Episode 23: Feeling Your Way To Mastery
If you’re in the business of running a commercial chicken hatchery, it’s important to be able to tell the male chicks from the female chicks. Turns out that doing so isn’t as easy as you might think.
As David Eagleman recounts in his book Incognito, it takes a good bit of practice to become an expert “chicken sexer,” requiring the ability to identify small details in the business end of a baby chick.
Back in the 1930s, the world’s most expert chicken sexers were in Japan, and folks from around the world traveled there to learn from the best. But here’s the odd thing: the expert chicken sexers couldn’t actually tell anyone how they did it.
They’d learned their craft simply by observing other expert chicken sexers. They’d just watch the experts sort, and over time would learn to do it themselves.
They couldn’t describe how they did it. They did it all based on a feeling.
Where the Magic Happens
Up until quite recently, we’d downplayed the importance of feelings in the realm of human cognition. Feelings were treated as the red headed stepchild of the mind’s inner workings, viewed largely as holdover from an earlier phase in our brain’s evolution. Feelings arose from an ancient, more primitive part of the brain, and so couldn’t always be trusted.
Our thoughts, on the other hand, those were the product of deliberations of our rational, conscious mind. That’s where the real substance of human intellect was to be found.
Not so fast.
If there’s one consistent theme that’s emerged in the last decade or so of cognitive science research, it’s that the most remarkable feats of human cognition aren’t the the product of, nor are they even understood by, our conscious mind.
The reason why an expert chicken sexer can’t tell you how he or she sorts a baby chick is because his conscious mind, the part that does the talking, doesn’t understand it either.
We’ve talked in prior episodes about the importance of listening in the banjo learning process. That while we listen, subconscious pattern detectors are busy crunching the auditory data, extracting out useful bits of information that will then inform our future playing. All this while our blissfully unaware conscious mind just sits back and enjoys itself.
So, if so much of our cognitive activity isn’t the domain of the conscious mind, how does the subconscious ultimately influence our behavior?
The subconscious bits are always working, always busy crunching the bits and bytes of the day’s sensory data. But it’s only when those computations turn up something meaningful that the conscious mind becomes privy to their machinations. When those computations do lead to something important, it bubbles into the conscious mind as a feeling.
A feeling that then shapes our behavior.
For example, when the various compounds in a plant matter are chewed, digested, and then analyzed in the gustatory centers, the ultimate output to the conscious mind is a feeling – if it tastes good, then it’s likely a good source of nutrition or energy. If it tastes terrible, best not to swallow, as it may be poisonous.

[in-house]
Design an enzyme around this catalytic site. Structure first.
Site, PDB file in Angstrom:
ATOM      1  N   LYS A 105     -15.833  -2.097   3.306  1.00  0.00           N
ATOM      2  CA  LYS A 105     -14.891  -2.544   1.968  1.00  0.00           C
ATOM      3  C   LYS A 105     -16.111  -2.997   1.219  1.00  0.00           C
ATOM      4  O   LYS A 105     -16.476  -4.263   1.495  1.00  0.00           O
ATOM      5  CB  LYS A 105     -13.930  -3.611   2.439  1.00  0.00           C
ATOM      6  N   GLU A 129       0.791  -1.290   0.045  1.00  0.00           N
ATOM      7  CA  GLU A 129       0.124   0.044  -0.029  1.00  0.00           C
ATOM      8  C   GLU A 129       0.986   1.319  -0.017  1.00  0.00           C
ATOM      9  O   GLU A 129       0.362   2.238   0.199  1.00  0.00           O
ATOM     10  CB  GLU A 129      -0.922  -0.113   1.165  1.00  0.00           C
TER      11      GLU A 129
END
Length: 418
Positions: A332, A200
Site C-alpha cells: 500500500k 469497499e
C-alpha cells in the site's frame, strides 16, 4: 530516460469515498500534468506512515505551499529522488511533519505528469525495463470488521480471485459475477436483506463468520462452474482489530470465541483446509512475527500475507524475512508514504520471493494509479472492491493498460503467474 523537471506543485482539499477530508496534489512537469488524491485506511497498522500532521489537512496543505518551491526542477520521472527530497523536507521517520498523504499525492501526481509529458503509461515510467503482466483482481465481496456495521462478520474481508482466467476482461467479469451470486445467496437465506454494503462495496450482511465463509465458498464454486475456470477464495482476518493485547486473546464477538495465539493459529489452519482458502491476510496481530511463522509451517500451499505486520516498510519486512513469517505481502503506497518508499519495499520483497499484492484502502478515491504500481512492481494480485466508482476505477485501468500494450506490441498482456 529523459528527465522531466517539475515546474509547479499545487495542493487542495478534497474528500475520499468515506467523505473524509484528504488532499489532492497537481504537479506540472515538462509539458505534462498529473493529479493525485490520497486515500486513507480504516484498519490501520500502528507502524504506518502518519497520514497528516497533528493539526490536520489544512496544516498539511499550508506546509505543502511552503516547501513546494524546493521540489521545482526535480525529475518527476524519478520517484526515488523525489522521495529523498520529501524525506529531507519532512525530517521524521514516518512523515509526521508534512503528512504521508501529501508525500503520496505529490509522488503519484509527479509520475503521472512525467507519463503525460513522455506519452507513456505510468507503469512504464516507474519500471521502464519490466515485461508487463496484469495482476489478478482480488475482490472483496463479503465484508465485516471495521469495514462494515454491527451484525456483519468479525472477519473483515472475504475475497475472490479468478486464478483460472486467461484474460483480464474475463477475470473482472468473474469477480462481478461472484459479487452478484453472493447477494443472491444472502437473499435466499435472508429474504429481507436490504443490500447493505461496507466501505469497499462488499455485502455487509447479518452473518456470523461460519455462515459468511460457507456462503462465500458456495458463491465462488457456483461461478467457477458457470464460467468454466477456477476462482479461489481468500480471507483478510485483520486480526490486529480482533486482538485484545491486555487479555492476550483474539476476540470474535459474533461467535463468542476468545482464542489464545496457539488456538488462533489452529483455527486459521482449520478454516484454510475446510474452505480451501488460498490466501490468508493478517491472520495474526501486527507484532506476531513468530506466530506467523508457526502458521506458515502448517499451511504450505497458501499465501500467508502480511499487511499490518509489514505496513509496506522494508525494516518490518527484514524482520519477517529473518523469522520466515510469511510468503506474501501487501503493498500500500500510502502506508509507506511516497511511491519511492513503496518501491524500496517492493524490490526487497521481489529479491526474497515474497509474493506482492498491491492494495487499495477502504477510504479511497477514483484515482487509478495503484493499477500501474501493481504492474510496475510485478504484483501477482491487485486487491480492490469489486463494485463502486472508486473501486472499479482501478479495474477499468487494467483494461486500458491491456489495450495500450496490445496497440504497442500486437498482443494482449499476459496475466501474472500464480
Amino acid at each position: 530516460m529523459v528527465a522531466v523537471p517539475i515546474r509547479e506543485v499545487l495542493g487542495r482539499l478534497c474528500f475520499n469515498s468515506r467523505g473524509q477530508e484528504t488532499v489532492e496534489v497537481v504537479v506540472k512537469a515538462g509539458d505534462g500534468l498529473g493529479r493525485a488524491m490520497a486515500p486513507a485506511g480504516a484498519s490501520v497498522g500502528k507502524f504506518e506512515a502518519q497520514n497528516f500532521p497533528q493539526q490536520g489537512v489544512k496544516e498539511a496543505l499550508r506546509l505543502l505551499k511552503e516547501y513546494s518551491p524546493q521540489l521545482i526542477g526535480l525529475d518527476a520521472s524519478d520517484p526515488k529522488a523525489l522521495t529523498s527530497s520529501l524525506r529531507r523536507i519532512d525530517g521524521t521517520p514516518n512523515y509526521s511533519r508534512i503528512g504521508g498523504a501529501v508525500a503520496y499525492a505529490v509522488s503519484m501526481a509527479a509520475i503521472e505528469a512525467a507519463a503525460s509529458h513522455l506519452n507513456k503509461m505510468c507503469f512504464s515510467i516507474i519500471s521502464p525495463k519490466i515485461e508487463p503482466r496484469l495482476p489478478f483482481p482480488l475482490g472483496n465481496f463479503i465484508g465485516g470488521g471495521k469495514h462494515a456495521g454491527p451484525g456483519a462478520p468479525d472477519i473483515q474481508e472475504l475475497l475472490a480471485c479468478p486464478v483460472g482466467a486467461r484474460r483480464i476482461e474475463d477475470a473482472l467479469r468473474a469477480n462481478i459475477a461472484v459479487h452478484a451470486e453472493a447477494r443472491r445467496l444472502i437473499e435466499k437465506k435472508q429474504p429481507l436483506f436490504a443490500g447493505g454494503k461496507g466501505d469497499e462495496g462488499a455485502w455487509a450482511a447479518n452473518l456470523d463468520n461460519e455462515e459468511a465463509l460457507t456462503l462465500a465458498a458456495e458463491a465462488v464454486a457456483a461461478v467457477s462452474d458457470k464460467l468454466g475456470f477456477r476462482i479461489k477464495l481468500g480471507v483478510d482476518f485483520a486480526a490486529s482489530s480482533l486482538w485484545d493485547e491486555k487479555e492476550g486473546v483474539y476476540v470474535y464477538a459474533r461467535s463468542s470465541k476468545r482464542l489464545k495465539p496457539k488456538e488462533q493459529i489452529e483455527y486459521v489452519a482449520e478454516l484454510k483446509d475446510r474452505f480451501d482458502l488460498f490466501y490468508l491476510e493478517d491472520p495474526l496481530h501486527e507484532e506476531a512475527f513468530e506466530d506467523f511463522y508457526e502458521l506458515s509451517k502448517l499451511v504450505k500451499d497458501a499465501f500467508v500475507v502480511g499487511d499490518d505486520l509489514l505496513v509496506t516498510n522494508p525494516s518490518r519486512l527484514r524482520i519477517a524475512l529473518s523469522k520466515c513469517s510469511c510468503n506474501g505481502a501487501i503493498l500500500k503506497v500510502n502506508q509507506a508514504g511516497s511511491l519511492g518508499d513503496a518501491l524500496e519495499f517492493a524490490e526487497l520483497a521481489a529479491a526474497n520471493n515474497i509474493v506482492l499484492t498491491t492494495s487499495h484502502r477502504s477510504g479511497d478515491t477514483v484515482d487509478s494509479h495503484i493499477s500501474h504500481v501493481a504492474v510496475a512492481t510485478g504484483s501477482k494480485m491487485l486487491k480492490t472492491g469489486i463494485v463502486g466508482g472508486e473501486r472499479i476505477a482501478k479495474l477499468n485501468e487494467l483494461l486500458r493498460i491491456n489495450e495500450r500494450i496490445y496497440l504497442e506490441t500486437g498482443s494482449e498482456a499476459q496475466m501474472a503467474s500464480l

Feeling Your Way to Mastery
Finding sources of musical inspiration is a critical component in the journey to musical mastery, as virtually every master’s story will attest. Nobody gets very far in isolation.
Number one, finding sources of inspiration is great for keeping your motivational fire burning. Chances are that’s how you arrived at the banjo to begin with.
But as your technical foundation solidifies and you shift to the business of creating your own style, those sources also provide a stylistic storehouse from which you can borrow and steal. Before you can find your own voice, you must first figure out what you like.
And so seeking out and identifying these sources should be a part of every player’s journey. But how exactly do you find the best ones? How do you find the ones that’ll make the biggest difference in your own story?
By following your feelings.
It’s easy to be seduced by feats of technical wizardry, especially lightning fast fingerpicking that’s explicitly designed to impress. “Wow, I can’t believe he can play like that. Maybe I can impress my friends and family with skills like that one day.” It’s easy to think that this should be the ultimate goal.
But resist those calls. Appeals to the intellect ultimately wear thin, and rarely sustain anyone for the long haul.
On the other hand, when you hear a player that makes you feel something – be it happy, sad, excited, or just…alive – pay attention. Better yet, take notice AND store it away so you can continue to revisit it. Whatever you do, don’t downplay or trivialize the importance of this type of response.
As you grow, continue compiling your own library of sources that connect with you in this way. Those are your gold mines.
Not only is this the more sustainable approach, but your audience will appreciate it, too (even if that audience is just you).
The stuff that makes you feel shouldn’t be viewed as something LESS THAN the stuff that appeals to our rational mind, as the above discussion illustrates. Those feelings are our brain’s way of calling our attention to the very best of what’s out there.
BRAINJO LAW #19: Pay close attention to other players that make you FEEL something, and study them.